- Unrealistic gender participation requirements. Likewise, the requirement that 60 percent of all loans made from the fund had to go to women-owned MSMEs did not address the major obstacle women face when trying to borrow: the discrimination they face under Nigeria’s antiquated land tenure laws. Land is an important form of loan collateral, yet only 2 percent of Nigerian women—compared to 17 percent of Nigerian men—own land.74 Though well intentioned, this simplistic quota did not make it any easier for women MSME owners to borrow. Instead, it made it more difficult for the majority of MSMEs (that is, those that are male-owned) to obtain affordable loans. This made the gender participation requirement effectively impossible.75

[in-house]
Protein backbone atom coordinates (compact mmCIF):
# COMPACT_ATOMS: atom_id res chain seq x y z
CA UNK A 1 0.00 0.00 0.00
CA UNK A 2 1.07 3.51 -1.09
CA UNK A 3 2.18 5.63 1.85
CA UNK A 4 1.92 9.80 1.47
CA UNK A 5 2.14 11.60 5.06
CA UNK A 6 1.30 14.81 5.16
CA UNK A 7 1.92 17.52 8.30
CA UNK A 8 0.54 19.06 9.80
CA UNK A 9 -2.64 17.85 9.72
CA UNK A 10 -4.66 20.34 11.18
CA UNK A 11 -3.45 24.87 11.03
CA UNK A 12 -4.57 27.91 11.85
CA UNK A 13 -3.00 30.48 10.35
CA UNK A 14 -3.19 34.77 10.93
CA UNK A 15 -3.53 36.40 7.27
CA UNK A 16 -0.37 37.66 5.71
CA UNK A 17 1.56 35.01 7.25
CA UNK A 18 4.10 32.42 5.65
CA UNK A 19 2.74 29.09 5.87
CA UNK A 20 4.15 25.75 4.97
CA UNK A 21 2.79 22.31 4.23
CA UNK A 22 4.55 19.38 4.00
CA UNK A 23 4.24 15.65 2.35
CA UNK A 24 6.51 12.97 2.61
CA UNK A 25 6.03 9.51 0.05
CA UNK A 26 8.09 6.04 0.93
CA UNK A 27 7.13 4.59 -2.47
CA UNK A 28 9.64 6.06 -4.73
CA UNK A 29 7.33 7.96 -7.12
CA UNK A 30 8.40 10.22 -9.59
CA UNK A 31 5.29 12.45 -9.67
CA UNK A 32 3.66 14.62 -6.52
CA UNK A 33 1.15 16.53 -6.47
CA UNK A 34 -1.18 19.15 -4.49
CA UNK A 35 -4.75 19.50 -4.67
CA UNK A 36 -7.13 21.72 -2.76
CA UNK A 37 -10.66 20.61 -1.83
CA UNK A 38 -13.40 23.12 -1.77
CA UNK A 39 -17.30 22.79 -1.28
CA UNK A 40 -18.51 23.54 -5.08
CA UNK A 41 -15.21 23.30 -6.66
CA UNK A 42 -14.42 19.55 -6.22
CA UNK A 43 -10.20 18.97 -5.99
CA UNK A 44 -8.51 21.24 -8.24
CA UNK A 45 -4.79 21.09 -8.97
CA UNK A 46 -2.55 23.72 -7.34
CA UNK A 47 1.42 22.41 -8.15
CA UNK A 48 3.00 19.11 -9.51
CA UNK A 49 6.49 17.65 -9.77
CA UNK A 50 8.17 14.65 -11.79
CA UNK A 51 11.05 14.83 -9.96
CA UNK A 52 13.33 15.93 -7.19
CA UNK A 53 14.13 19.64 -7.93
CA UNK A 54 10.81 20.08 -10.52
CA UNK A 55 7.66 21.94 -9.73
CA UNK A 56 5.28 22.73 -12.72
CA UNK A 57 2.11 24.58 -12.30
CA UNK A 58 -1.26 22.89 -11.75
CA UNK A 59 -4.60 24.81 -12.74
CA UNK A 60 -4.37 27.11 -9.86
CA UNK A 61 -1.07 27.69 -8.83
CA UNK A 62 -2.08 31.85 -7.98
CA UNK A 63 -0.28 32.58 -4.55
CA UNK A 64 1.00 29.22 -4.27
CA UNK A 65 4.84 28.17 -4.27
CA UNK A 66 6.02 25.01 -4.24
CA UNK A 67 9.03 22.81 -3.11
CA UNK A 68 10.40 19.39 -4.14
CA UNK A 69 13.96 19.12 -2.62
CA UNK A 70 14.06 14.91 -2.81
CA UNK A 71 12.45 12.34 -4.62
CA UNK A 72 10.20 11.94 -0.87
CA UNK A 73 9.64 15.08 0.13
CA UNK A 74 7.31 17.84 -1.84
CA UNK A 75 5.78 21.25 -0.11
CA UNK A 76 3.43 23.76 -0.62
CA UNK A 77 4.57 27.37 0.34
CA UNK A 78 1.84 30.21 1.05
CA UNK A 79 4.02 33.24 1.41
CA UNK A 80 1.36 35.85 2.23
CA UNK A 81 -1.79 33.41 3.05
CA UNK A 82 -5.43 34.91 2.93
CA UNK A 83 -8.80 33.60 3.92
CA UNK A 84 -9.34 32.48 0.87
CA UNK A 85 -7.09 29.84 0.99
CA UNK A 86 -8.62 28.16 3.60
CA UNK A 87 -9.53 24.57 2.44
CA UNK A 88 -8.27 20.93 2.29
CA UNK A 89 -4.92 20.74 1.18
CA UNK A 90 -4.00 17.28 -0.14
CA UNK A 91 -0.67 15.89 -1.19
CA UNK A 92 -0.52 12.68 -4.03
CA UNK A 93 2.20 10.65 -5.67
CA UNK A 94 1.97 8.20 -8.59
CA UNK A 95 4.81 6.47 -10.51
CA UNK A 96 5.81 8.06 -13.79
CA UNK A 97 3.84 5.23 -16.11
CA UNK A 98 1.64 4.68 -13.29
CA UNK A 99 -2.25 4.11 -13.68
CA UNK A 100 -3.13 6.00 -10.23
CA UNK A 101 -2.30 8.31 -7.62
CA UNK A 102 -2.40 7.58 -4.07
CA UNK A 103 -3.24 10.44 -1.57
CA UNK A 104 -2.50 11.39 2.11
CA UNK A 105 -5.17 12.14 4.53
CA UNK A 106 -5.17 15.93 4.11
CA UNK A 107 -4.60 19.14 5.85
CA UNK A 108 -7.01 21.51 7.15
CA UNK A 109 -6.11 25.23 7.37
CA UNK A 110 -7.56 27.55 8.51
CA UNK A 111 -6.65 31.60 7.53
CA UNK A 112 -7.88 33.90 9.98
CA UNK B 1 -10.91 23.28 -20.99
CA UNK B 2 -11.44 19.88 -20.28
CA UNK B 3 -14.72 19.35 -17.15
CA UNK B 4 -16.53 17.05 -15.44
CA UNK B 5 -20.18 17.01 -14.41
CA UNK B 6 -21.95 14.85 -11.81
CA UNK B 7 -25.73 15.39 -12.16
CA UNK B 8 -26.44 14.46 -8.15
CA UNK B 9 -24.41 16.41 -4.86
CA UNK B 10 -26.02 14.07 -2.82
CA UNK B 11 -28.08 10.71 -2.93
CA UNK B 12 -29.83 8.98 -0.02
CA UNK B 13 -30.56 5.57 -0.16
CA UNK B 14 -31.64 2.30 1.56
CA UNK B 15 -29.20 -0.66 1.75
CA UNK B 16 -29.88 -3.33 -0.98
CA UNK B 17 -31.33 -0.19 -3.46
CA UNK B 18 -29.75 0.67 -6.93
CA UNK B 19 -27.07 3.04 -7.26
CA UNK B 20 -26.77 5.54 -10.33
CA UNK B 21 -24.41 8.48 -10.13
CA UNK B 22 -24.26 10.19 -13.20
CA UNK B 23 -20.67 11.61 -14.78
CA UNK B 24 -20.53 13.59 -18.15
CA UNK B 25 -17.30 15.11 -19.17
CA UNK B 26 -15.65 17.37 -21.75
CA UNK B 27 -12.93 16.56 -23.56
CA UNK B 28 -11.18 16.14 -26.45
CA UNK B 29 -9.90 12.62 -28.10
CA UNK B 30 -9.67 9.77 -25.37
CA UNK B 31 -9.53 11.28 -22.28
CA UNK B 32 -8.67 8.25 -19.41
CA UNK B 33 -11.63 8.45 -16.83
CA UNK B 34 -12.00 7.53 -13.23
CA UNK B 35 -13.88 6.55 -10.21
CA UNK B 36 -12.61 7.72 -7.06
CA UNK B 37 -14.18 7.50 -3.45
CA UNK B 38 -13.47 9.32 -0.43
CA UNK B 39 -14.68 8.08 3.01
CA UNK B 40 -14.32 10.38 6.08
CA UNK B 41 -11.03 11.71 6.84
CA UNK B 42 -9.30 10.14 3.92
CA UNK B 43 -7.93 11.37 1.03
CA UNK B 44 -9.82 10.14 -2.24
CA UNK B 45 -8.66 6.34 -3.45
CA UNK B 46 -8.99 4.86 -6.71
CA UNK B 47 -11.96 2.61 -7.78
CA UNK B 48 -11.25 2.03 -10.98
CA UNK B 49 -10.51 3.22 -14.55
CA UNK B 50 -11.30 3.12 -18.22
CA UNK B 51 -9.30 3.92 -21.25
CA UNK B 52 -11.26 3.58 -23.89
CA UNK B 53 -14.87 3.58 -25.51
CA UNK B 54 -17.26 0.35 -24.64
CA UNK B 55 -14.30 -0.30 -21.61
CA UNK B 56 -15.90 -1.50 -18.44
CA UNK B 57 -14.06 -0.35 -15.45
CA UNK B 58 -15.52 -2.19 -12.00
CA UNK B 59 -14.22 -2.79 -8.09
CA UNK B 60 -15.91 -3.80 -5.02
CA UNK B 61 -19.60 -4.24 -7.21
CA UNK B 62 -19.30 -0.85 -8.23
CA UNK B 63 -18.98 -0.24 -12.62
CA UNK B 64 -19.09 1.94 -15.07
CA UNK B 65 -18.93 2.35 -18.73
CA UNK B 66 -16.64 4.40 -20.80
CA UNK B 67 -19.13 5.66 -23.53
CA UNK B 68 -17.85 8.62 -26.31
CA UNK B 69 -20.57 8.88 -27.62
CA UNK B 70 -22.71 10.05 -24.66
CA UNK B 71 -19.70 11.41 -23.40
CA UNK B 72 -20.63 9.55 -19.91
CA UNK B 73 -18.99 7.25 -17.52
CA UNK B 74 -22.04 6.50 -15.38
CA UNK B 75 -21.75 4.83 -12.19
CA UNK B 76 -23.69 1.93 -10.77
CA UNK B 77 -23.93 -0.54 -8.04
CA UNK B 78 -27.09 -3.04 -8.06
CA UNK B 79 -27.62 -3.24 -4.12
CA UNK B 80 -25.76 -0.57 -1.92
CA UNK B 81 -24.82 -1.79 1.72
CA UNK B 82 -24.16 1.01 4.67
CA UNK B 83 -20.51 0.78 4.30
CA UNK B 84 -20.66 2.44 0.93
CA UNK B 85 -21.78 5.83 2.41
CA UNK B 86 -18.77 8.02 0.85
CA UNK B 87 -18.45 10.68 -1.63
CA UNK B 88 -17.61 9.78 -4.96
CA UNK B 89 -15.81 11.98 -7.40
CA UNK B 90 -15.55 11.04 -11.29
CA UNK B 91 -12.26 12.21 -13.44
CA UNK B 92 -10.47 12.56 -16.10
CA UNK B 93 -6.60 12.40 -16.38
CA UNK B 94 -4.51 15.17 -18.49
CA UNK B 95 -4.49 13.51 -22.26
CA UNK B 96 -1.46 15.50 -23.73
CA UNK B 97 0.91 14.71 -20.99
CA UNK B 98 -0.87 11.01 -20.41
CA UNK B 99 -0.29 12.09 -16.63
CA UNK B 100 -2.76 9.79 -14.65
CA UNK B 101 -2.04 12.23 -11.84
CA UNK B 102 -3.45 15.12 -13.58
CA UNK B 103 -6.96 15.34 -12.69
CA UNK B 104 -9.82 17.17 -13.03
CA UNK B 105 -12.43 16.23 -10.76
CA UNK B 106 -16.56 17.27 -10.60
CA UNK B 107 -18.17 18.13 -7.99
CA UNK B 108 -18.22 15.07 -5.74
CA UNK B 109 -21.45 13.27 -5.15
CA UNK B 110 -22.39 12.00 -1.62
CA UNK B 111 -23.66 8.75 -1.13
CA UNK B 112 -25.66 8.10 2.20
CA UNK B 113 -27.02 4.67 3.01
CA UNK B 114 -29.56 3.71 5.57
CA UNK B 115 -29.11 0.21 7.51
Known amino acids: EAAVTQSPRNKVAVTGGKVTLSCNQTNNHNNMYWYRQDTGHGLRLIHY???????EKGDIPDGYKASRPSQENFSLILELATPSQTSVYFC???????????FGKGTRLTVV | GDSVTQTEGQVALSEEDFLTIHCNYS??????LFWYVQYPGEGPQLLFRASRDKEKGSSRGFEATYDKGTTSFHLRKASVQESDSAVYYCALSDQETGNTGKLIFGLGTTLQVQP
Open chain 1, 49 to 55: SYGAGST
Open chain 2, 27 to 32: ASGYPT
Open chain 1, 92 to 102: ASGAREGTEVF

Having put major obstacles in place, the CBN effectively prevented the overwhelming majority of MSMEs from accessing the program via commercial banks, causing it to languish. Having closed off the better regulated, more direct avenue for small businesses to access the MSMEDF, the CBN began channeling funds through the program’s more opaque and corruption-prone route. In 2014, the CBN began disbursing funds to twenty-four state governments that agreed to guarantee their repayment and designate particular parastatals (special purpose vehicles) to interface with the local microfinance banks handling the loan application process. Interestingly, Lagos State—the source of 60 percent of Nigeria’s GDP and the largest share of its MSMEs—chose not to access the fund, wary of getting involved with a program run by the CBN.